We know Nordstream 2 had ceased and Gazprom pulling out of its Gazprom Germania entity has left Germany in a tough spot as it has to fill up storage there at a much more expensive rate. There’s possibilities that the German government will have to help as far as costs there are concerned.
UK Gas Supply
JD: So if we look at gas supply over the same periods as we’ve looked in the previous graphs, North Sea supply. We’ve got Langeled gas coming from Norway, we’ve got LNG as a grey bit, storage withdrawals that help to top up and European imports from the two pipelines BPL and interconnector. And again we’ve overlaid the front month over the course of this time period.
We know North Sea supplies are decreasing so we’re ever more reliant on those imports through Langled or from Norway and liquefied natural gas. If we look at the two winters again we can see the grey portion there’s a massive increase in that grey portion, winter on winter. So last winter was as a result of the higher pricing. UK and European prices were competing with Asia, as a result we pulled a lot more product into the UK and Europe, at the expense of Asia and other countries like Pakistan and India.
This excess has come, if you look at the very right hand side of the very last peak, demand was quite deflated and we had a lot of LNG come in which has helped a lot of the UK storage to start filling up quite quickly. We certainly saw that in April when overall demand was weaker. There is pressure on the summer pricing because of the excess amount of supply, relative to what we can actually take and send to Europe. But the question will be, what’s that going to look like going into winter?
JD: This (graph) is showing European storage over October year. If we start at the very left we can see the red line was showing what October 2021 storage levels looked like. It was well below average and this was as a result of Gazprom-owned sites in Germany not necessarily filling up over the last summer prior to winter. Which is why the German government has now mandated that storage get filled up but Gazprom has now pulled out of that venture. So it’s been left to the entity that’s there now, that is backed by the German government to try to ensure that the storage sites there try and fill up. But again they’re having to buy at market rate right now so it’s quite a cost difference between getting that directly from Russia.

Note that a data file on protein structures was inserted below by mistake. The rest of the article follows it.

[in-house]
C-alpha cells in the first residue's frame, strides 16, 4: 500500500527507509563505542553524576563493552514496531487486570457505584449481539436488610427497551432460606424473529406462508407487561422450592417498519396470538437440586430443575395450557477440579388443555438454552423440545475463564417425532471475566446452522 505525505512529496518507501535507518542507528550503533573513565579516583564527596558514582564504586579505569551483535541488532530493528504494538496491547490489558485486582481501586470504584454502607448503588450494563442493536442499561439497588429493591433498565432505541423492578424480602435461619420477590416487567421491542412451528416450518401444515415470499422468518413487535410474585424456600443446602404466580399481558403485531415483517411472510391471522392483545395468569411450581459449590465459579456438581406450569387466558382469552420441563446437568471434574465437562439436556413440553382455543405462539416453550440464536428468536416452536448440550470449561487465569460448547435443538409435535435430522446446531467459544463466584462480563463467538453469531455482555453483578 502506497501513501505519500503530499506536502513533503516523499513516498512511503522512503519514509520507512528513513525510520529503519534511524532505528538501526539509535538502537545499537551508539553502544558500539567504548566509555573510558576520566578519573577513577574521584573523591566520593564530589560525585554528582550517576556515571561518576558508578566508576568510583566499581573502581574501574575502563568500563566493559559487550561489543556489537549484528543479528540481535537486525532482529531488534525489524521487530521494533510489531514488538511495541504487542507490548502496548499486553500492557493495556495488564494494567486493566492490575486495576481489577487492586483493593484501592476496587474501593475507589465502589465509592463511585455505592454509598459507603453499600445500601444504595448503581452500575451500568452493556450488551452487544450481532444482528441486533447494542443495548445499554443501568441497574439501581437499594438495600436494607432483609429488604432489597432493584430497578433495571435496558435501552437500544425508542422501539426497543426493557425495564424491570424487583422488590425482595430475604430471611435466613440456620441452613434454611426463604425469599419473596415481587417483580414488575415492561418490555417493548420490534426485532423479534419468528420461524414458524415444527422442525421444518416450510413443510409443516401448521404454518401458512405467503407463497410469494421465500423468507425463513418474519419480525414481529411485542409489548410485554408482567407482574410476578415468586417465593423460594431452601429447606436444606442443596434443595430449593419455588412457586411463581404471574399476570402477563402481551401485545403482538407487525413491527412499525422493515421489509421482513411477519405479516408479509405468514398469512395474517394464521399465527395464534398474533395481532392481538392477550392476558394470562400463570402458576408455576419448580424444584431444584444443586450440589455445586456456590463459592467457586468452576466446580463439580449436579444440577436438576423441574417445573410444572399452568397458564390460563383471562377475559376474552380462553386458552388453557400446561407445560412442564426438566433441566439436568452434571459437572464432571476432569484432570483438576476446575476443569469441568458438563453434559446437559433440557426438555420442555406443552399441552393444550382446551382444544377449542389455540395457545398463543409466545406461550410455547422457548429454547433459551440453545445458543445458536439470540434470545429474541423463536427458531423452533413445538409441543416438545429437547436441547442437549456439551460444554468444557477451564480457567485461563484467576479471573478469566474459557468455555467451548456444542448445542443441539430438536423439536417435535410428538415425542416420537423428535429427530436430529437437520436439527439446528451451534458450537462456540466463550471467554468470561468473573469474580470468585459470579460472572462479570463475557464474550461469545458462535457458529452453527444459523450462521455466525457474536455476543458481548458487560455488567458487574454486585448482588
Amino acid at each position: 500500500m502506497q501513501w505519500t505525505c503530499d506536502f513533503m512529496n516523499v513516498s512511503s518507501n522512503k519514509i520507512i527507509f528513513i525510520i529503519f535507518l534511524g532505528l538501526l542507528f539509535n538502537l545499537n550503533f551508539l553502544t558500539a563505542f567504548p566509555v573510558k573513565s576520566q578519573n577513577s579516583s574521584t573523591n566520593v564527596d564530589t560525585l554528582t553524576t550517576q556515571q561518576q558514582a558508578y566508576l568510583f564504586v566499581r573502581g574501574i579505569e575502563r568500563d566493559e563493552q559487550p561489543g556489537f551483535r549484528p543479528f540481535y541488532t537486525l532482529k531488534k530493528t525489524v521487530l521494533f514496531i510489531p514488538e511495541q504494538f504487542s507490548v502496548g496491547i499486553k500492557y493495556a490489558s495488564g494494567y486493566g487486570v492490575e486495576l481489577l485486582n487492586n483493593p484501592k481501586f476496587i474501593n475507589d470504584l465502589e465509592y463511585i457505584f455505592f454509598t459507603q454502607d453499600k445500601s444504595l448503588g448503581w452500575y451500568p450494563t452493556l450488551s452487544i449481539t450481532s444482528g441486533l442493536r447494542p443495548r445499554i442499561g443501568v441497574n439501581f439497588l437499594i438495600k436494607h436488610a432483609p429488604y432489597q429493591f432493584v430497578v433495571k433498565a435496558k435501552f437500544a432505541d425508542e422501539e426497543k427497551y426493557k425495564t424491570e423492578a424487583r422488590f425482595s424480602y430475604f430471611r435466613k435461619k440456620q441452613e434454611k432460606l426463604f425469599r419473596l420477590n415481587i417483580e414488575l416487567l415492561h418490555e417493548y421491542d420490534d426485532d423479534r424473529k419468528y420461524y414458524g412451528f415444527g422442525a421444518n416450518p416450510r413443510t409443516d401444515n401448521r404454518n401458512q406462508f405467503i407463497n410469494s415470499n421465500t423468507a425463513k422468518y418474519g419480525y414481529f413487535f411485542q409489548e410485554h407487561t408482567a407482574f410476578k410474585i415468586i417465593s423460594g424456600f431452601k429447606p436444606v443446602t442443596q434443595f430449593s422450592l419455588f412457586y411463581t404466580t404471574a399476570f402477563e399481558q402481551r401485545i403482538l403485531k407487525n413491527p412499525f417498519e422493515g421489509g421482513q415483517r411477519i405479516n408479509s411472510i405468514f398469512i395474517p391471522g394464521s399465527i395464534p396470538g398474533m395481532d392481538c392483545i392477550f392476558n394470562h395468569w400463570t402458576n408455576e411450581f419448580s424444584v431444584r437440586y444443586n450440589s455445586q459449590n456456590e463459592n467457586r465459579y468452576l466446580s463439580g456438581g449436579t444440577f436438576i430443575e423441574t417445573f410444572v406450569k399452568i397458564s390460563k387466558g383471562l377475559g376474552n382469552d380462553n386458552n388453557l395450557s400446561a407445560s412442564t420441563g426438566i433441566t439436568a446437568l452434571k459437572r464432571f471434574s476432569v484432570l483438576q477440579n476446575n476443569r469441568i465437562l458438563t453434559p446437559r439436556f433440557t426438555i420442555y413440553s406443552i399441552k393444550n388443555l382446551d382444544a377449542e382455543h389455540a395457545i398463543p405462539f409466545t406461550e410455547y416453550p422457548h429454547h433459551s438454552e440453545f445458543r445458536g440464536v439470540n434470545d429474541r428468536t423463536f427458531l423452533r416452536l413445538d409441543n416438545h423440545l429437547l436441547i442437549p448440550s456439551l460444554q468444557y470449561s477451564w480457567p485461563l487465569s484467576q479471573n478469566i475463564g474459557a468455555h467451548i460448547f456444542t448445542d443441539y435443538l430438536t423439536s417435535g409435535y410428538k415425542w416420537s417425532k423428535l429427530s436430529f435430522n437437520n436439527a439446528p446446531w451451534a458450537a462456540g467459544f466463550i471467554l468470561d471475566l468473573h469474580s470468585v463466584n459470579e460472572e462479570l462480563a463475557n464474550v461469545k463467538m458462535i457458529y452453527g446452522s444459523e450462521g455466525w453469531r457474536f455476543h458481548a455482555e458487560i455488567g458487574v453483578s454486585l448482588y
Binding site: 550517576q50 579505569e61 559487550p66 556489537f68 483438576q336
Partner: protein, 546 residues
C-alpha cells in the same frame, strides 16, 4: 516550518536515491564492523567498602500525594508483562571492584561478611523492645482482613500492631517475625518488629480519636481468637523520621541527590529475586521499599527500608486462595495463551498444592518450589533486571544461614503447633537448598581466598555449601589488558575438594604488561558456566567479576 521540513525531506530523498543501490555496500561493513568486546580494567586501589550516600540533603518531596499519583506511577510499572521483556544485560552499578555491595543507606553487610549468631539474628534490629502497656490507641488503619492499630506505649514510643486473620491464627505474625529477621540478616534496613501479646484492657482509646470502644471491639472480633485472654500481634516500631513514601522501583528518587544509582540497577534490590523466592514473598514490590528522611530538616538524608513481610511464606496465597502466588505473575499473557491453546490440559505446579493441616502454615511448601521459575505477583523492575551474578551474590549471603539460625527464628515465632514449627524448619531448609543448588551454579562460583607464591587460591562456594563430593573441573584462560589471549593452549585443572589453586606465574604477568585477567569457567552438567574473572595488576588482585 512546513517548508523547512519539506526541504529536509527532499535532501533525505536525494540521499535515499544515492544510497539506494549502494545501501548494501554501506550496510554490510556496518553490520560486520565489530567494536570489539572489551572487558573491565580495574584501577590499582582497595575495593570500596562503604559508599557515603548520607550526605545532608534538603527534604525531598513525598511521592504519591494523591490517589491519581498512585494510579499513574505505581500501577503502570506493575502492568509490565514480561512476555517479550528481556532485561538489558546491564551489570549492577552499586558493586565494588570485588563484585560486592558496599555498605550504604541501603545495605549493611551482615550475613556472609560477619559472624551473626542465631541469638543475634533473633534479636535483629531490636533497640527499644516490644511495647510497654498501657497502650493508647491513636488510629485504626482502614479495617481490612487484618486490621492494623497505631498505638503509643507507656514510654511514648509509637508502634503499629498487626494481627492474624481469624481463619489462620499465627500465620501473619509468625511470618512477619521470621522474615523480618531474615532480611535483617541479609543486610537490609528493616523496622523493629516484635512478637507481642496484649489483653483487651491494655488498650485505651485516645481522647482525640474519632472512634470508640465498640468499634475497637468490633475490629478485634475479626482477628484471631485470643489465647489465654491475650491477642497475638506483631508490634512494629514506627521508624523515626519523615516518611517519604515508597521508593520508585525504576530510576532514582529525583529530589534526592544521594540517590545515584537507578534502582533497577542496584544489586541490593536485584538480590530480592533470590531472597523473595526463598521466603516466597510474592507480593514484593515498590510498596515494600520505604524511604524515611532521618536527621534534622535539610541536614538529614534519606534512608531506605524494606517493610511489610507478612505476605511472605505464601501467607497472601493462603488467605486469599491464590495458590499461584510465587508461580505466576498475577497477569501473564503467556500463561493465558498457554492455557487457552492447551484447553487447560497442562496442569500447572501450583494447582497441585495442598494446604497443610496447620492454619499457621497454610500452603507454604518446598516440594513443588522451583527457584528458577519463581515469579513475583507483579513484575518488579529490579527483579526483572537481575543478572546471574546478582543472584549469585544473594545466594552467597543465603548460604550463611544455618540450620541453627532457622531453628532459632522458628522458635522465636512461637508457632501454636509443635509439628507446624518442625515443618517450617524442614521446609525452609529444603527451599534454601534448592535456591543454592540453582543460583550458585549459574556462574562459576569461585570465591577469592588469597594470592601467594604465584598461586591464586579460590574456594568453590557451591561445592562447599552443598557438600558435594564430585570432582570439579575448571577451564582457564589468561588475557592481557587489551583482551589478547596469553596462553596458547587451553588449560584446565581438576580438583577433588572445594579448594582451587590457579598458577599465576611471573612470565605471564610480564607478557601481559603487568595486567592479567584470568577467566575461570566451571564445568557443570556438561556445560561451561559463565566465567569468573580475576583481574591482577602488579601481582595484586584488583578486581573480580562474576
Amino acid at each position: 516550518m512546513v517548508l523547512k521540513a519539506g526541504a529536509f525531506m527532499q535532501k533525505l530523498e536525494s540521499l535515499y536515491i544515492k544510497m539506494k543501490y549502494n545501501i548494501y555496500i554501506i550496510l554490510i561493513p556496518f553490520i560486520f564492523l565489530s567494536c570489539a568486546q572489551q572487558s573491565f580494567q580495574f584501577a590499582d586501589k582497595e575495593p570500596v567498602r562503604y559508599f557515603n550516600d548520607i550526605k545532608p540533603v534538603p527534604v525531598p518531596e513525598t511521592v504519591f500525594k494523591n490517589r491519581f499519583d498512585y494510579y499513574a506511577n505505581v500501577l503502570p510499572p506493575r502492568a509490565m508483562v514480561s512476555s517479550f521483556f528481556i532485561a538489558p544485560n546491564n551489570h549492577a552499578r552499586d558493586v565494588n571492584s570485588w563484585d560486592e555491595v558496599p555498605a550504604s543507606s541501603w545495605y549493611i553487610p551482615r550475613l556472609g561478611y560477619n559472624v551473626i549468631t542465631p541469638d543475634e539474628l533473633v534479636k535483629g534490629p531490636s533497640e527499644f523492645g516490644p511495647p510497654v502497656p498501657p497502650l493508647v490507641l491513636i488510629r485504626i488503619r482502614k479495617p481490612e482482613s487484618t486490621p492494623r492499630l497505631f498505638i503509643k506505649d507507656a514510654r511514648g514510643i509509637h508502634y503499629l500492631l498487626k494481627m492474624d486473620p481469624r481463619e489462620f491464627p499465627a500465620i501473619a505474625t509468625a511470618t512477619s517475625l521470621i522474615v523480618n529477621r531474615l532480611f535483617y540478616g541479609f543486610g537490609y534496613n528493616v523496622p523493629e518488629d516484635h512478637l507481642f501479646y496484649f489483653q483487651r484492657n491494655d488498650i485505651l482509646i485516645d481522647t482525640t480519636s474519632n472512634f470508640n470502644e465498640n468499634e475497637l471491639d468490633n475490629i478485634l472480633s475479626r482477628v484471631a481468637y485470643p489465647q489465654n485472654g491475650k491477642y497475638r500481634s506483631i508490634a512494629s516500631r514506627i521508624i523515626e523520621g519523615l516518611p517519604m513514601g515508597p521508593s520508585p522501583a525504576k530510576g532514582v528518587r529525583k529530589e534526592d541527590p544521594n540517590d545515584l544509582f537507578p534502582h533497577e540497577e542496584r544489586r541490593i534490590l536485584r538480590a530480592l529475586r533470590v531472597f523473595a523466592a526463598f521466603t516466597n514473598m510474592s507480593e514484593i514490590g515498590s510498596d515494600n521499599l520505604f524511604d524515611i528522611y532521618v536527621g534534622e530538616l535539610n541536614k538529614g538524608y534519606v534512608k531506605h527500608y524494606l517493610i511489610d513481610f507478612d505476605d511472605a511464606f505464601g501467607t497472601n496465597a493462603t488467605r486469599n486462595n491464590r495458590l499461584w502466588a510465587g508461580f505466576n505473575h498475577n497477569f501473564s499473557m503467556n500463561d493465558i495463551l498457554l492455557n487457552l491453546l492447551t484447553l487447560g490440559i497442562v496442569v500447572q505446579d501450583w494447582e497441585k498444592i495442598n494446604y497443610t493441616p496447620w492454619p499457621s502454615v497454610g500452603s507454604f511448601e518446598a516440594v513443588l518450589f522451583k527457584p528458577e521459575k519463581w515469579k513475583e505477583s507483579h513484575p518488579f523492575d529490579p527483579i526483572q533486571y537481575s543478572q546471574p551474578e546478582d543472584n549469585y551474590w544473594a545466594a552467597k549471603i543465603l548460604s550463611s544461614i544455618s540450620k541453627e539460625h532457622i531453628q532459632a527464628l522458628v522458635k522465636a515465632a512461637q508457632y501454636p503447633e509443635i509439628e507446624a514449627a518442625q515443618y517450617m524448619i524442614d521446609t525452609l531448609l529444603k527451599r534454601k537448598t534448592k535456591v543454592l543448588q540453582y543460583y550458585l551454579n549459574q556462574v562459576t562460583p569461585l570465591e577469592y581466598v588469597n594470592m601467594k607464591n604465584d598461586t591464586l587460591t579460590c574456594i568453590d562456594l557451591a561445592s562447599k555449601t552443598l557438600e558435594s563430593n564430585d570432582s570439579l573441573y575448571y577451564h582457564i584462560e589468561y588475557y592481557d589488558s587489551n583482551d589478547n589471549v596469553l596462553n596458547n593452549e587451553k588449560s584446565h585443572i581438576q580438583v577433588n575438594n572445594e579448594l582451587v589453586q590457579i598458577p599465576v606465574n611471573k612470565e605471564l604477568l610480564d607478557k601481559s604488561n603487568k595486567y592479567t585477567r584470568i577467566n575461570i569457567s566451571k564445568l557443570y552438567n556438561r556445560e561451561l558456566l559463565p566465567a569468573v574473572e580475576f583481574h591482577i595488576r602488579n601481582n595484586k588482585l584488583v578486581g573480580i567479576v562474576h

Over the course of the winter, as storage was being drawn and the red line drops, there were worries over how much was being used and what the rest of Q1 ’22 was going to be like but we did have quite a mild February and a relatively mild March. But with pricing so high relative to Asia that has attracted a lot of supply.
And noting that Russian supply hasn’t necessarily been disrupted up until a couple of weeks ago. And specifically those wanting contracts in Northern Europe, all of that volume is helping the storage picture look a lot better than where we were at the end of March. With a lot of concern about how that was going to fill up. This rate of injection can’t necessarily be maintained. There’s going to be maintenance over the course of the summer for producers that’s going to affect overall supply, so that’s not necessarily going to be as strong as it is currently.
Where we end up is more the question. Will there still be a deficit? Will there be an excess relative to the average? Will we get to a place where the market feels comfortable that there is that security to rely on?
Average UK Electricity Generation
JD: When we look at UK generation, power generation here. We’ve got imports from Europe, so if you look at the pink section that is quite small going into this summer. So Europe’s power prices are a lot higher so we are actually exporting power to Europe. The other thing you can notice here is that wind generation tends to be quite strong over the winter periods, relative to the summer, because of the weather patterns that we do get. And over last winter wind generation was quite strong in the February period. It was quite mild and windy at the same time which is what helped overall demand to be quite weak. Again, going into this winter it’s what kind of wind speeds are we going to get. It doesn’t help when we have cold and very low wind situations because that’s a higher load on the system. Whereas if we do have a mild and windy winter then it does help reduce that demand quite a bit.
JD: We’ll go into market prices quite quickly.
JD: We’re looking at forward prices here. The winter ‘22 contract as we can see has a massive premium to future prices, so the market is basically in backwardation here. But pricing higher in the situation right now relative to the future. So the market is still quite concerned about supply for the coming winter. It is interesting how the 230p level seems to be holding support. But also what is interesting here is that the backend has been moving up as well and it’s showing that the market has noticed there’s a pivot, by Europe moving away from Russian supply to LNG. So there’s going to be more competition. So for the UK it does bode questions of, we will be competing with another big buyer in the market in the years to come as things pivot in that direction.